Hi My name is Carole

Frontpage Forum Introduce yourself Hi My name is Carole

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    • #5965



      Back in 1953 I was 10 years old, and lived at number 45 Pool Street in the Graisley area. My Mom….Annie Tranter ran a little “Front Room Shop” and the shop was next door to the Yew Tree pub…which I believe still stands and still trades…they apparently do a good Curry. The pub in those days was owned by a Mr & Mrs Swatman who had a disabled daughter called Marlene who sadly died at a young age. My Dad, Billy Tranter worked at the Sunbeam works at the top of Pool Street…and during his lunch time he would stand behind the big gates attached to our yard and collect bets from punters. Betting in those days was illegal…but he had a stream of customers, he collected bets from work as well, unknown to the boss of course. The bets were taken to my Granddad, Ernest Rowlands who lived at 21 Ablow Street. During the evening the winners and losers were separated and the winners paid out….until the next time. I can recall my Dad talking to Granddad about the times that the “Dicks” (plain clothes policemen) had caught him, and chased him up Pountney Street onto the Dudley Road where he was apprehended and ended up in front of the judge, that happened more than the once.
      For reasons best known to themselves the punters all had pseudonyms, I remember a lady who was known as Tottie Fey, bringing her bet on the page of an autograph album…on which had been written “He who sitteth upon a tack shall riseth forever” Funny what the memory retains.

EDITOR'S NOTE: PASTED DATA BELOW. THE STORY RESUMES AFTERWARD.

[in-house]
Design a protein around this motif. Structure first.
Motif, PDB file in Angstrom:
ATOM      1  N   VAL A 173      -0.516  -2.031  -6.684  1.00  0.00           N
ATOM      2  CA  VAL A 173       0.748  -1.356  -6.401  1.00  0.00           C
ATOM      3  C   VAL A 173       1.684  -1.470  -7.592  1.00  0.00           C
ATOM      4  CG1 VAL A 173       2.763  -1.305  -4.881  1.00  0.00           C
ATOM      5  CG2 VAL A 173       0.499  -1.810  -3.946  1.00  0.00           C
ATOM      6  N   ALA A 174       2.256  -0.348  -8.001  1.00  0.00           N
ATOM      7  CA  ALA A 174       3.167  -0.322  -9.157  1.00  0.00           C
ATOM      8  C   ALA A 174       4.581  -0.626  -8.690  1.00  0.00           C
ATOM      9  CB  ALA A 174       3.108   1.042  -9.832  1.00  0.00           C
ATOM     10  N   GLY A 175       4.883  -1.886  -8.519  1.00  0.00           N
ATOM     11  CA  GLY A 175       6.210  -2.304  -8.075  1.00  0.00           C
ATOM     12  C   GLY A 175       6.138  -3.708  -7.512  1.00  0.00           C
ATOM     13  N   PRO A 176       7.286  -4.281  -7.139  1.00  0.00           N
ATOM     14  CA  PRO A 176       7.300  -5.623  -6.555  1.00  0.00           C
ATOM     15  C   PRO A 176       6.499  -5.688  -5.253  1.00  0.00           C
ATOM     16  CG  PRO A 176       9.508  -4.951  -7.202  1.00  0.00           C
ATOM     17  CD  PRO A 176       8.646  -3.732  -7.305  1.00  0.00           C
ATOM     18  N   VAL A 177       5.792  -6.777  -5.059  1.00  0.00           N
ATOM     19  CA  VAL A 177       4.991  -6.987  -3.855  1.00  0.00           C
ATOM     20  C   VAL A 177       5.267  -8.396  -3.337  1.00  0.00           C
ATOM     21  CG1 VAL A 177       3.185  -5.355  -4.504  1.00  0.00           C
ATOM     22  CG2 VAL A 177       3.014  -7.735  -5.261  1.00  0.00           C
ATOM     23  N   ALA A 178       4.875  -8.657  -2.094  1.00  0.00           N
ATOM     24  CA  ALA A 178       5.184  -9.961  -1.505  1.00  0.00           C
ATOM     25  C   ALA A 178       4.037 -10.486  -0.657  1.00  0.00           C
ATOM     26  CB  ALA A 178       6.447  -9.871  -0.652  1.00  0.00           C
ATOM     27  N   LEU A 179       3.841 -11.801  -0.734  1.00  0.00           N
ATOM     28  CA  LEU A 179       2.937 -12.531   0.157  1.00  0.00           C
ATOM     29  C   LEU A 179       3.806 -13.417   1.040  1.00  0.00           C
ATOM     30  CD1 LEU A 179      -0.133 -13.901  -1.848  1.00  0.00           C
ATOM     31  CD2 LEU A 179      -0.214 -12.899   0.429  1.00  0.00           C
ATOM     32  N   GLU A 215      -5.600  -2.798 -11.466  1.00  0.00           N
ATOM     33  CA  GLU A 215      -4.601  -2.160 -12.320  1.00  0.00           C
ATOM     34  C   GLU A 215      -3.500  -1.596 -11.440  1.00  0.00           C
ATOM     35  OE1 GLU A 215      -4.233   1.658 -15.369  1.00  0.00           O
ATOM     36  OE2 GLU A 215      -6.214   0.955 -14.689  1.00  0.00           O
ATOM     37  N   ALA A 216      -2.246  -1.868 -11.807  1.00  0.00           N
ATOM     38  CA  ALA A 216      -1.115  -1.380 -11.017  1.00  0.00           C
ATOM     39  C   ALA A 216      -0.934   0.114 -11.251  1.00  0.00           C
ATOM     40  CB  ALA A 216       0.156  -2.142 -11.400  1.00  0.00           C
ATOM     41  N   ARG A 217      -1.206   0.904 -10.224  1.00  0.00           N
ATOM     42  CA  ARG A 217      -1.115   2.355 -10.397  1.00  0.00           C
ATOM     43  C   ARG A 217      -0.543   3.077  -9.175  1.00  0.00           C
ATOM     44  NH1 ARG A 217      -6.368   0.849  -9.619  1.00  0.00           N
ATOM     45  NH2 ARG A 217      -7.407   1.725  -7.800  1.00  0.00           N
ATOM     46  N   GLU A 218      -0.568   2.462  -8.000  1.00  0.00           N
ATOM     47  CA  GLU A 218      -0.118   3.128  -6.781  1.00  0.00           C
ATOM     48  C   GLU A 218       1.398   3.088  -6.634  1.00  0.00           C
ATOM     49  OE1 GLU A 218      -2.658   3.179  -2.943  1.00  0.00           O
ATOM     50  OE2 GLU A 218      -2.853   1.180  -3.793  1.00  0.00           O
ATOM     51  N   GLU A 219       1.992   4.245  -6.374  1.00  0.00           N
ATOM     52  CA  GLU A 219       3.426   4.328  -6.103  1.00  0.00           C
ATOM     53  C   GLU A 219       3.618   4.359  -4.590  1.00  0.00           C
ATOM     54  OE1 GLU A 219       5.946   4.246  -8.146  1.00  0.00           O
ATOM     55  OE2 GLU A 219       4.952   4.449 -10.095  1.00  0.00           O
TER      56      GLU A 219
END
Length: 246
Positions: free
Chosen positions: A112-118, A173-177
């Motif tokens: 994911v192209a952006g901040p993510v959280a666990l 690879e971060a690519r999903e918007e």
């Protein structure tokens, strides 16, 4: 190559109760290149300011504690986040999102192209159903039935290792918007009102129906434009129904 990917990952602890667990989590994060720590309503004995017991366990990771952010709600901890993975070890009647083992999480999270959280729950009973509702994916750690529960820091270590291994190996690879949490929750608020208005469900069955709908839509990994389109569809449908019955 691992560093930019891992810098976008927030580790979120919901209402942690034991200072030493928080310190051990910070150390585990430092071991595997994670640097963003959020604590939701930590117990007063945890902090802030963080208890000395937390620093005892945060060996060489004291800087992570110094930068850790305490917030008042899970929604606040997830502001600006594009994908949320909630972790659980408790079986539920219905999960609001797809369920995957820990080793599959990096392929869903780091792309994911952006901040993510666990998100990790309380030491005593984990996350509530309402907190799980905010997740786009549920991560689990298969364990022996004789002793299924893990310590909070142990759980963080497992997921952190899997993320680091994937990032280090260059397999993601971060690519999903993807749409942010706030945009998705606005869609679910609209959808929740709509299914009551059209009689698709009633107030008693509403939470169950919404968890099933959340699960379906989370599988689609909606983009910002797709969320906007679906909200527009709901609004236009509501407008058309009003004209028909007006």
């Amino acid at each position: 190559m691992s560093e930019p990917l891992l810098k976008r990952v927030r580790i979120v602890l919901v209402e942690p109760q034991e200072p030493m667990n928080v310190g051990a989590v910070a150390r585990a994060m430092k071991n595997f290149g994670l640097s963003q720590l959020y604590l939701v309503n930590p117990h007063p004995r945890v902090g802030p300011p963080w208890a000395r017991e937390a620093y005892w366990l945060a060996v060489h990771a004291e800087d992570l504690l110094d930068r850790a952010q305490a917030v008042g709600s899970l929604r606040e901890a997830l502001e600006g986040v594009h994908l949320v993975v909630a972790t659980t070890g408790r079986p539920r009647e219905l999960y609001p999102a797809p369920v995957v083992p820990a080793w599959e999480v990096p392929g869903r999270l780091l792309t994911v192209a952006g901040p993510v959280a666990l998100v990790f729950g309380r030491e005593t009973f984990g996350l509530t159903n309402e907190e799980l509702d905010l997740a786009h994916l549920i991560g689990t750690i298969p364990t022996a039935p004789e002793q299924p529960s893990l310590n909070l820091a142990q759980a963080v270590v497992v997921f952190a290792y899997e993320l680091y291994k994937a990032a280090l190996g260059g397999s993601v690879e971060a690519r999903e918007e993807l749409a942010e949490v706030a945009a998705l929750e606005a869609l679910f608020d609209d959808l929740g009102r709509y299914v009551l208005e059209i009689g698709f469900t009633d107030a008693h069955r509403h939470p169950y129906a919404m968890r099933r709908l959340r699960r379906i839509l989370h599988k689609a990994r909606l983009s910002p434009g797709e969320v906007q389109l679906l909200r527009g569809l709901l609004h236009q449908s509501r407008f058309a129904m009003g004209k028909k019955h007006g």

• #5974



      Hello Carole.
      Thank you for getting in touch your post has brought back many fond memories for me I had many reasons for visiting the area around St Paul’s Church from the time just after the War
      I remember the illegal bookmakers that frequented many of the back alleys, pubs and works at that time I also had many friends that used the local pubs
      I recall many a Sunday morning breakfast trip, from the Swan with two necks. My father had relations the Thomas’s in Ablow Street. The only saving grace from this one time tight knit community is that they are re-furbishing the redundant Snbeamland and get people back living in the area again.

      Below the old cellar head.

    • #5975



      Hi Billy Thanks for the response…if my memory serves me right I think the pub you mention was called the Swan with Two Nicks……but I prefer the name my Dad used to call it and that was The Dirty Duck.
      It has been many years since we lived in Wolverhampton…….I know we saw the best of it….but I am pleased to hear the area is being
      re-furbished…back then it was a very happy place to live with a strong community spirit..

    • #9465



      Hello Carole

      I trust you are keeping well and I’m hoping that you still dip in and out of this forum from time to time.

      My Son, Lee and I have been looking into our family tree over the last couple of years.

      To cut a long story short, your Mom, Annie, and my Grandad, Bill Rowlands, were Brother and Sister.

      I am 57 years old now and I recently met up with Jean Leadham, nee Muir, who was a Bridesmaid at my Mothers wedding in 1953, and as you will know, the Muirs’ and the Rowlands’ are intertwined on our family tree. Bill Rowlands married Beatrice Muir. They had my Mom, Dorothy. So without Bill and Annie, neither of us would be here 🙂

      I would love the opportunity to speak with you over the phone Carole, or to contact each other via email ?

      My email address is :- [email protected]

      I look forward to hearing from you.

      Kind Regards

      Paul Byrne

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